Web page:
The Eden File: One More Day in the Hungarian Holocaust, 8th August 1944.   Leave a comment

Eden File018

The National Archives in London have just released a secret document from 8 August 1944, a Memorandum prepared for the War Cabinet by Foreign Secretary, Anthony Eden, of an “offer” from Admiral Horthy, the Regent of Hungary, that, provided the United Kingdom and United States governments could find sufficient accommodation, the Hungarian government would be prepared to allow all Jewish children under ten years of age, with visas for other countries, and all adults and children with Palestine immigration certificates, to leave Hungary. Horthy also announced that there would be no further transportations of Jews to Poland, i.e. to Auschwitz.

This document, and the attached correspondence between Washington and Whitehall, is significant in that it clarifies the controversy about if, when and how Horthy acted to bring the deportations to an end, and to enable the remaining Jews (mainly trapped in Budapest, many of them refugees from other countries) to seek asylum elsewhere.

The matter was discussed at the War Cabinet Committee on Refugees meeting on 4 June, although Eden himself was not present. The Government faced a dilemma, since refusing to accept this offer would result in a hostile public reaction both in the United States and Britain, but accepting it would be ‘risking civil war in Palestine owing to the inroad of Jews from Hungary into the Levant.’  Despite the obvious urgency of the situation, the Cabinet reached no decision.The proposal of the International Red Cross for the almost immediate removal of 41,000 Jews from Hungary to Roumania alarmed the meeting, which was generally against joining the US in accepting. The Secretary of State for the Colonies argued that the British Empire would be signing a blank cheque which we could not honour.

Although both Foreign Office and Home Office secretaries argued that the offer should be accepted in concert with the USA, they felt that in doing so the US Government must accept that the British authorities should not be forced to deliver the impossible in terms of accommodating the refugees, and it was eventually agreed to extend the transit camp originally established for Yugoslav refugees, especially to contain a potential sudden influx of immigrants to Palestine. There had even been suspicions expressed within the Cabinet that Hitler himself had inspired Horthy’s offer in order to create fundamental difficulties for the Allies in the Near East by allowing an exodus of Jews. Certainly, at this point we know that the Regency in Budapest was incapable of acting independently from the occupying Nazi forces and Hitler’s all-powerful agent in the capital, Veesenmayer. It was not until the end of the month that the Romanians defected from the Axis camp and it became possible for a more independent Hungarian government to be formed again, so the Allies were rightly cautious about any overtures from Budapest at this stage.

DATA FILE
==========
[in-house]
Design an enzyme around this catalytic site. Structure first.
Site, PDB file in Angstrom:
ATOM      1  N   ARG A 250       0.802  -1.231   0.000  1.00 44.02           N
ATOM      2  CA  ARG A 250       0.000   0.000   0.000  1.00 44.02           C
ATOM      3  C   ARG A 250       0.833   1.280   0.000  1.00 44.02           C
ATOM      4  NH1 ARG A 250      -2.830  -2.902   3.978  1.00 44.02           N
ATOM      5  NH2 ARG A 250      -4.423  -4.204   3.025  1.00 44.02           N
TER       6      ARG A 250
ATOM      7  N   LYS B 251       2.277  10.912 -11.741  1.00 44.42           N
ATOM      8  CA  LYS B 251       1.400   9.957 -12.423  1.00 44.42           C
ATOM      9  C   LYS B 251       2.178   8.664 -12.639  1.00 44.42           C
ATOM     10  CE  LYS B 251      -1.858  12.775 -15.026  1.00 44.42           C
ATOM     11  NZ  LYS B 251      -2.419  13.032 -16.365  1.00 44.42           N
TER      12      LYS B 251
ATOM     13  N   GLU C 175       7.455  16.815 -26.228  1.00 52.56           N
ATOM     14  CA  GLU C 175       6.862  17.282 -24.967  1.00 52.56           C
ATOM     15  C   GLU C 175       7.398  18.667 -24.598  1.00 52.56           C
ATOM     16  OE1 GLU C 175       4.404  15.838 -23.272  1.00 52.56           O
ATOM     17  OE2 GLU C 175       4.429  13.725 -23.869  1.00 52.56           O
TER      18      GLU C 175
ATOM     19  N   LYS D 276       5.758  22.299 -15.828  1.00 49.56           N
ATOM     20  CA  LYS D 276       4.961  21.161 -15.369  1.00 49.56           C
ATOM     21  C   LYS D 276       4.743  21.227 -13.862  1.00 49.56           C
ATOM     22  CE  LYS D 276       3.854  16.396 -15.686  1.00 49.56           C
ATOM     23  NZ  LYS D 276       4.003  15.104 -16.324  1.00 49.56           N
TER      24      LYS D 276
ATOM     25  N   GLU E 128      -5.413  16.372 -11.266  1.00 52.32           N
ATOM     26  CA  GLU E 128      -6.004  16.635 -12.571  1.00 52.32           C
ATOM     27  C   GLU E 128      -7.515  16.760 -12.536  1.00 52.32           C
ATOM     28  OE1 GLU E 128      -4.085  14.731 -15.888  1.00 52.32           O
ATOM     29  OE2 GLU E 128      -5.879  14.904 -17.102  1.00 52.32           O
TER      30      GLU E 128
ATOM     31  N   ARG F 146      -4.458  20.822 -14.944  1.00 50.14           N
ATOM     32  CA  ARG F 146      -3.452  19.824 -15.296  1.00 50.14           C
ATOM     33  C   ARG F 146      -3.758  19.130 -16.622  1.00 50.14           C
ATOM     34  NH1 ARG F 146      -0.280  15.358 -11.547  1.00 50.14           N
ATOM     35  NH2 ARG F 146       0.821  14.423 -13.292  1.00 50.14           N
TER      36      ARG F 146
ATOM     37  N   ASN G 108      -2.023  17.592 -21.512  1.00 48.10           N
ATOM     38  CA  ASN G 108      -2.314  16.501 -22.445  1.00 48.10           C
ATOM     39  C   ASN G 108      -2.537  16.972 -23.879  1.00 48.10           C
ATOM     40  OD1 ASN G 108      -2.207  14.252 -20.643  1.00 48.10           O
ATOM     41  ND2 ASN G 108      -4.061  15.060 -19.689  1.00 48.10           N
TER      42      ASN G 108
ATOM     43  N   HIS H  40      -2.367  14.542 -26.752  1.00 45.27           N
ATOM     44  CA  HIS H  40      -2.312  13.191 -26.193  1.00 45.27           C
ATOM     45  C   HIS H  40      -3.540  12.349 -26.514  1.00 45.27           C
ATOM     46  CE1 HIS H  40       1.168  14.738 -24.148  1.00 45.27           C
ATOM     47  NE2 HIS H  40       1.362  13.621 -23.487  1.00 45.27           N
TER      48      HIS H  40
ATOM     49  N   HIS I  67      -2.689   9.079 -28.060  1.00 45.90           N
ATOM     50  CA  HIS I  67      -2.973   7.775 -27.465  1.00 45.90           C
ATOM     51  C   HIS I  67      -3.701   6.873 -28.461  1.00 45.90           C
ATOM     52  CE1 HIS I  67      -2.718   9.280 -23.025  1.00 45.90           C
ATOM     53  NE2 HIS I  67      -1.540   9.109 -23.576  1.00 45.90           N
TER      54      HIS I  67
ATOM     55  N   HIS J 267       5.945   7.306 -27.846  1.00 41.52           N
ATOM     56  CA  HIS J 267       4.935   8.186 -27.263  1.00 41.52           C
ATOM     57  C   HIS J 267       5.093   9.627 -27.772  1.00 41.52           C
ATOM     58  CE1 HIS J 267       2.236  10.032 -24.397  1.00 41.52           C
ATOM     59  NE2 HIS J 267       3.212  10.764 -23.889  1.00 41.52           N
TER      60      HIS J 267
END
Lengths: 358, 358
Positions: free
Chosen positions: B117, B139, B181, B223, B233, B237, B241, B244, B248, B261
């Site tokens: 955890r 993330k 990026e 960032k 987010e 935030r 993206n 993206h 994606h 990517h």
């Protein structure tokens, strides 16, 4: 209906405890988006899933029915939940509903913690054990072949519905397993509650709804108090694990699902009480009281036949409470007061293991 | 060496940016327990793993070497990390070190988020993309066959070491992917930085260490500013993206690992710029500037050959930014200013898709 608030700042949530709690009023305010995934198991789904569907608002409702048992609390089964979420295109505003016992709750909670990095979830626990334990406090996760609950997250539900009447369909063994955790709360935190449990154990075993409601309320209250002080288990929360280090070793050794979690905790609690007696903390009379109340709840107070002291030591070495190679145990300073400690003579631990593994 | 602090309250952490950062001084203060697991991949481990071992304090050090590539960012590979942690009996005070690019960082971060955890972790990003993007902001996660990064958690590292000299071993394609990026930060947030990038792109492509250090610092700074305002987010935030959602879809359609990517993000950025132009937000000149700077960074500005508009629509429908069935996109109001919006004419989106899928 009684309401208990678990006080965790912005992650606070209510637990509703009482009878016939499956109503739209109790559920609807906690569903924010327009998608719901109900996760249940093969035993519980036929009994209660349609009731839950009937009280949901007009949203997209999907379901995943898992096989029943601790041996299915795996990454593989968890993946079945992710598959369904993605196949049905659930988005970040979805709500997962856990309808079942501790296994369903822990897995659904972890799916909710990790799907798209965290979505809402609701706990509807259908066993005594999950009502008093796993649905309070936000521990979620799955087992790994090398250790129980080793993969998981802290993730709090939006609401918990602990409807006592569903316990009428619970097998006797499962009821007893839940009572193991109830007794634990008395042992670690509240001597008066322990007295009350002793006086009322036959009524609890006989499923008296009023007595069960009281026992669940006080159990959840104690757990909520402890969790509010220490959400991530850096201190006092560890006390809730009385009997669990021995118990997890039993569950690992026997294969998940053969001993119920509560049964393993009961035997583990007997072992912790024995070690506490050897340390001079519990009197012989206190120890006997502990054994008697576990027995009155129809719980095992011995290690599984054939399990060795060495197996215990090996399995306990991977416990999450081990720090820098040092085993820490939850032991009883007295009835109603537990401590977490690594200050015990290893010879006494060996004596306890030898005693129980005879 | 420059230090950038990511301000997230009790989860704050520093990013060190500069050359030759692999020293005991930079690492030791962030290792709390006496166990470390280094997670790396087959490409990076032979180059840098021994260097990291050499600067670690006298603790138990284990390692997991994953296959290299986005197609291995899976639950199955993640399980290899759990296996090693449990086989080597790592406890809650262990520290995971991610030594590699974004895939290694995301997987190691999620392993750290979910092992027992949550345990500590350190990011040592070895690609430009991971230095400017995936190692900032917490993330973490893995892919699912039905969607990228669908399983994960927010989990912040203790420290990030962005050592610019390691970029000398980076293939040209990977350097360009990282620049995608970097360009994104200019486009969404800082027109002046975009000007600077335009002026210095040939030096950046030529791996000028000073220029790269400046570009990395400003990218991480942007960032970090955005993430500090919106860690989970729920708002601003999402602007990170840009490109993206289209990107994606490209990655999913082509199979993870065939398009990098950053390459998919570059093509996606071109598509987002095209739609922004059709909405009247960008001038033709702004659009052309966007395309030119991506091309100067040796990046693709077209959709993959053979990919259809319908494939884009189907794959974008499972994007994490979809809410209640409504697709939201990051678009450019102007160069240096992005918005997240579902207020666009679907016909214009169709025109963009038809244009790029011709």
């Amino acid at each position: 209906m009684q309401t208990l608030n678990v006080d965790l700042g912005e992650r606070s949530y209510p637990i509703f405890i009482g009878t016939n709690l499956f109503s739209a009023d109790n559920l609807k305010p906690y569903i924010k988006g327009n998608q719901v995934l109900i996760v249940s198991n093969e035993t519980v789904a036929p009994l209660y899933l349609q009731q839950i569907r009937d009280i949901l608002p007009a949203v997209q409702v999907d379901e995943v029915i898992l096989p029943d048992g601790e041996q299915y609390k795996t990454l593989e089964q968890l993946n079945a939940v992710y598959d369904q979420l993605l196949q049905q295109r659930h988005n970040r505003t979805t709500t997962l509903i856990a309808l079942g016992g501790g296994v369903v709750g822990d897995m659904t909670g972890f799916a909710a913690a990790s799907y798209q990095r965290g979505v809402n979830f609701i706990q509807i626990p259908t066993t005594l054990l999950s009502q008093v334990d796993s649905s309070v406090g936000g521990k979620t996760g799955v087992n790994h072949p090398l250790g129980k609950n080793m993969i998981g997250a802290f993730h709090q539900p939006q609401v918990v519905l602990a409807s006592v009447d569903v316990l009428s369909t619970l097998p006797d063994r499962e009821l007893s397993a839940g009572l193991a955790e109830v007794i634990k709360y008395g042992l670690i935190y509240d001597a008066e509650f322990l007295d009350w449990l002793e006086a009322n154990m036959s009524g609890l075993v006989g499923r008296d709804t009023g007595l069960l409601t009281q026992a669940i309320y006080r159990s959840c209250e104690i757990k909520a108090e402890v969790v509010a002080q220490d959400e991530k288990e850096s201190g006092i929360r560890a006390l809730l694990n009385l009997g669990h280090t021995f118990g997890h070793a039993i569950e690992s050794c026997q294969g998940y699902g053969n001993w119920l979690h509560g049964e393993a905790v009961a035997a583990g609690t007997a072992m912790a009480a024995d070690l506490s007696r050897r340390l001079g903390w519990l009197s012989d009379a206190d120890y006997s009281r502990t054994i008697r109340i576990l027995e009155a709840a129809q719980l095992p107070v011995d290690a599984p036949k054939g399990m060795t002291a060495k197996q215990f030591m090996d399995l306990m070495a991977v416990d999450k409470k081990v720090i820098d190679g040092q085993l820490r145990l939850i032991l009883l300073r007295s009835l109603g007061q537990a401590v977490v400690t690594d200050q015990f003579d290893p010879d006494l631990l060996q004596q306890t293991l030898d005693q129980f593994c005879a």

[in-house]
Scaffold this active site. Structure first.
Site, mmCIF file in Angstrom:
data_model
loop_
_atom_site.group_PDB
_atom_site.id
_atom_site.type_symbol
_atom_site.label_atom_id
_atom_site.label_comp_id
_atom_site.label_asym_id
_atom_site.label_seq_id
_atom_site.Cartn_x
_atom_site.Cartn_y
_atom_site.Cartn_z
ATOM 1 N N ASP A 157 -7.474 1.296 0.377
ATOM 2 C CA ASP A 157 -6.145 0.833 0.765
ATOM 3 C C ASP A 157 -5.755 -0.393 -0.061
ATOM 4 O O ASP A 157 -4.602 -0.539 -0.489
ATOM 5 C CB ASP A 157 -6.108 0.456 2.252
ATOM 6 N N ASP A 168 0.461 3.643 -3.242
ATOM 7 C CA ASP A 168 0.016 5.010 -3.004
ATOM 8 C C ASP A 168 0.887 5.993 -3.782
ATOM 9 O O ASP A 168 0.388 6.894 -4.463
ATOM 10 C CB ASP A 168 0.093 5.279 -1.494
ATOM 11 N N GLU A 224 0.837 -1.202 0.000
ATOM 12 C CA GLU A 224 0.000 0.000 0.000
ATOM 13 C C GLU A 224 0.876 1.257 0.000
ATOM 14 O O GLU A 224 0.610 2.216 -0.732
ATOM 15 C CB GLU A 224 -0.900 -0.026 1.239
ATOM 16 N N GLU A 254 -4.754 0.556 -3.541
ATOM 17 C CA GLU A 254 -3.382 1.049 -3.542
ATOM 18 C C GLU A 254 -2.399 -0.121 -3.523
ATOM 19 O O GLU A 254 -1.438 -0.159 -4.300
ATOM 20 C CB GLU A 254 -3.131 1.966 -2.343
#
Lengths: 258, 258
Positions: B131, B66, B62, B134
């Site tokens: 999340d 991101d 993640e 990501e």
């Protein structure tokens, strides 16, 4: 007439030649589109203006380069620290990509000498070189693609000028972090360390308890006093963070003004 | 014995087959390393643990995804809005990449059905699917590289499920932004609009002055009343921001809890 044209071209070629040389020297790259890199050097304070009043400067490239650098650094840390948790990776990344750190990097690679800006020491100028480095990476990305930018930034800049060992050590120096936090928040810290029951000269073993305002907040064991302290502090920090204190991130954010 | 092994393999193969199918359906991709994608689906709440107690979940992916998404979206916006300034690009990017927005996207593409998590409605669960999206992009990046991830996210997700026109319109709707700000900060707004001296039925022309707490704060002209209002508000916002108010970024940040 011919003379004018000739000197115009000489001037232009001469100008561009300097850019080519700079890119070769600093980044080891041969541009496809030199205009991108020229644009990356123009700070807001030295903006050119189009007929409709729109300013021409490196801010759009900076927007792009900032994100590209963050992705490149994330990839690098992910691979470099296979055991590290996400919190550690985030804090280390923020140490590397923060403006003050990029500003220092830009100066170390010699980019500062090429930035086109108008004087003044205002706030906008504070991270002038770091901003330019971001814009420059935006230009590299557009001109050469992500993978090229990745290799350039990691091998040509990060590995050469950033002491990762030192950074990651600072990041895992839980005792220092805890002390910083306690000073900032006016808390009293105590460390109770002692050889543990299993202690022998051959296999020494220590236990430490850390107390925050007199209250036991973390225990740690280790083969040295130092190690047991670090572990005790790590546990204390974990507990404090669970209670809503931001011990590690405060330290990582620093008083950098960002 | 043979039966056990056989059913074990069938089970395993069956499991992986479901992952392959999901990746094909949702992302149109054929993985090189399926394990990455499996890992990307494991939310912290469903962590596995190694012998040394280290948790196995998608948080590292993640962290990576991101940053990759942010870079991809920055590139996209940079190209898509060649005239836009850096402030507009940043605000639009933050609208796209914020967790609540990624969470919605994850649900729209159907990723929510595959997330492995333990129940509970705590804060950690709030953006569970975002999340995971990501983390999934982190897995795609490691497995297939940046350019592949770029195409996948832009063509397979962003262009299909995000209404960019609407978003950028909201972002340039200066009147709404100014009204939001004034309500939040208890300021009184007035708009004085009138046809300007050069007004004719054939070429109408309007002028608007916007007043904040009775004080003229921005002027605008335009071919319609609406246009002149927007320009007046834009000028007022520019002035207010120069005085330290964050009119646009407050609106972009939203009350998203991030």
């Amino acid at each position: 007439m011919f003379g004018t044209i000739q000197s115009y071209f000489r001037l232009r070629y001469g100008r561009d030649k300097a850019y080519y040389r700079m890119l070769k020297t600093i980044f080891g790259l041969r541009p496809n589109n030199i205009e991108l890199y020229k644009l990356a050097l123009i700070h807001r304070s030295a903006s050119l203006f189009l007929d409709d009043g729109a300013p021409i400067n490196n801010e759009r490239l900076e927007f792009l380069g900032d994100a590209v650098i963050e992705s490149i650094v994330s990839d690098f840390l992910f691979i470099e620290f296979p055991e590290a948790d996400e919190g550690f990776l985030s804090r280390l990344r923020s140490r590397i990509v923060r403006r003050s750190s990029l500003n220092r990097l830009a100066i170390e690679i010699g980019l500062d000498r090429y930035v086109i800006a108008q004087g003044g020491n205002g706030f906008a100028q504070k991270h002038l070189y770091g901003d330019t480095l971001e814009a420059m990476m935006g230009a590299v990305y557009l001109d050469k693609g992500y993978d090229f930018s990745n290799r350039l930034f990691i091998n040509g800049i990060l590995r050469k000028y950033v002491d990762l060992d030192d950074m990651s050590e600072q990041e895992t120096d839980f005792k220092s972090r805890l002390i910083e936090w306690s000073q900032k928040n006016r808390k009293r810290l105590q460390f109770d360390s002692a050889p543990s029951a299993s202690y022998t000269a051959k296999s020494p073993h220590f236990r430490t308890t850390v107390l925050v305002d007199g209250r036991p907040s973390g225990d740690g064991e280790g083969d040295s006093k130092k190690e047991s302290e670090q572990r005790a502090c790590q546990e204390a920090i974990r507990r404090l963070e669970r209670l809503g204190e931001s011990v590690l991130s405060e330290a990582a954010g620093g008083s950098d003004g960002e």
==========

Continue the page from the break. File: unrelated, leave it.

However, not to accept the offer would give the Nazis and the pro-Nazi Hungarian government a propaganda coup, and Eden agreed that the acceptance of the offer should be widely publicised, and that the Dominion governments should be asked to help in receiving some of the refugees. He also suggested that it might be necessary to establish a transit camp in Syria in order to prevent the situation in Palestine from becoming ‘acute’. In a flurry of telegrams, the US Government agreed to wait before accepting the offer until after the full British War Cabinet on 8th, although before writing his Cabinet memorandum, Eden had already sent a third telegram to Washington signalling HM’s Government’s acceptance, subject to the detailed terms of transport and accommodation being agreed by the two governments.

What effect this agreement had in Hungary we do not yet know, neither can we say that the deportations had been ended by this time, whatever the Regent’s intentions might be. Horthy had already ordered their suspension on 6 July, but a further 45,000 Jews from Trans-Danubia and the County of Pest had continued to be deported. We know that the Sztójay Government had rescheduled the deportation of the Budapest Jews for 27 August, but the Romanians switched sides on 23rd, and it was Himmler who cancelled any further deportations on 27th.

Throughout August and September, the ‘Shoah’ continued within Hungary and its occupied territories, with massacres by government troops and continued forced marches. These were also experienced increasingly by the Roma communities. On the same day the War Cabinet met in London, Jewish poet Miklós Radnóti wrote the following from his work camp in the mountains above Zagubica:

004ROOT 

Root, now, gushes with its power, 

rain to drink and earth to grow,

and its dream is white as snow.

 

Earthed, it heaves above the earthly,

crafty in its clamberings,

arm clamped like a cable’s strings.

 

On its wrists pale worms are sleeping,

and its ankles worms caress;

world is but  wormeatenness.

 

Root, though, for the world cares nothing,

thrives and labours there below,

labours for the leafthick bough;

marvels at the bough it nurses,

liquors succulent and sweet,

feeds celestially sweet.

 

Root is what I am, rootpoet,

here at home among the worms,

finding here the poem’s terms.

 

I the root was once the flower,

under these dim tons my bower,

comes the shearing of the thread,

deathsaw wailing overhead.

 

Radnóti’s words continued to be prophetic. The deathsaw continued to wail overhead for many caught up in the Hungarian holocaust.

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Posted August 8, 2014 by TeamBritanniaHu in Uncategorized

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